Effects of Organic Management on Student Achievement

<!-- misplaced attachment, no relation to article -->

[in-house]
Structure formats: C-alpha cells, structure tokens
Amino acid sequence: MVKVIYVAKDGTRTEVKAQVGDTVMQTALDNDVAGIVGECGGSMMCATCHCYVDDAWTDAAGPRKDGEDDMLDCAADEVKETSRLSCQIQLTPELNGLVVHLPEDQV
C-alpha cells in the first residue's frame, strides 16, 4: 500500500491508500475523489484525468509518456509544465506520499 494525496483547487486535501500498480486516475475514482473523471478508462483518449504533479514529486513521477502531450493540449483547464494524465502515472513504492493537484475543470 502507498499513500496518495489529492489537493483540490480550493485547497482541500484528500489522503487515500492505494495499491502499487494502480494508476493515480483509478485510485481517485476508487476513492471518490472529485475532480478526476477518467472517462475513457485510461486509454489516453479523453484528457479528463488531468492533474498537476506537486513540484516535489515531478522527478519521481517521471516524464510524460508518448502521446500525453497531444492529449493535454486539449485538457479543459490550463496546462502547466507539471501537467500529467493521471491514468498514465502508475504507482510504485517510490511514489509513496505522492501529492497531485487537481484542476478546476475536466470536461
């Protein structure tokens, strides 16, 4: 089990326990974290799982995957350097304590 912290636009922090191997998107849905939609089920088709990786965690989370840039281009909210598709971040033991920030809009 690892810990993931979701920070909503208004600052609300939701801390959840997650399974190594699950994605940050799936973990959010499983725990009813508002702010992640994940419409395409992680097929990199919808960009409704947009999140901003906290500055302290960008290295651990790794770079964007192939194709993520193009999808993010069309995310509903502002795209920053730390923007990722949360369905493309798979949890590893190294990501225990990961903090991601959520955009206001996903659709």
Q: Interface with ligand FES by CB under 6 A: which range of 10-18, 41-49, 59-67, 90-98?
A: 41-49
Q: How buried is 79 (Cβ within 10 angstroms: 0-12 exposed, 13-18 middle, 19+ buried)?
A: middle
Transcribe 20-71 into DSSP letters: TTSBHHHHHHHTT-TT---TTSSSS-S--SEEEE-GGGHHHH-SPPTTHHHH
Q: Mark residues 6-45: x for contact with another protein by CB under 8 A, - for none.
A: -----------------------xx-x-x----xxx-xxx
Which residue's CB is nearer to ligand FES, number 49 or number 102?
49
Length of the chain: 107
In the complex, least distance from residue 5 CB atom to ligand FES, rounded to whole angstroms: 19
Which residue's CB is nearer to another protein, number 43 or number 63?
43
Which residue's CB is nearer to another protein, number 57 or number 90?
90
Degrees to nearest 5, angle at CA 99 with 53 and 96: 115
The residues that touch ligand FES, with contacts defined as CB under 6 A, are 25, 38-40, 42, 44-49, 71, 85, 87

Proponents of school restructuring often promote the purported benefits of professional forms of management that call for staff cooperation and collegiality, teachers' participation in school decision making, and supportive leadership by school principals. A theoretical perspective on organizations known as contingency theory refers to such management patterns as “organic management.” This study examined the relationships between organic management and growth in student achievement in elementary and secondary schools. Two national databases were used to estimate a series of three-level growth models of student achievement at the elementary and secondary levels. Results suggested that organic forms of management are not a particularly powerful determinant of student achievement at either of these levels of schooling. (Contains 6 tables.)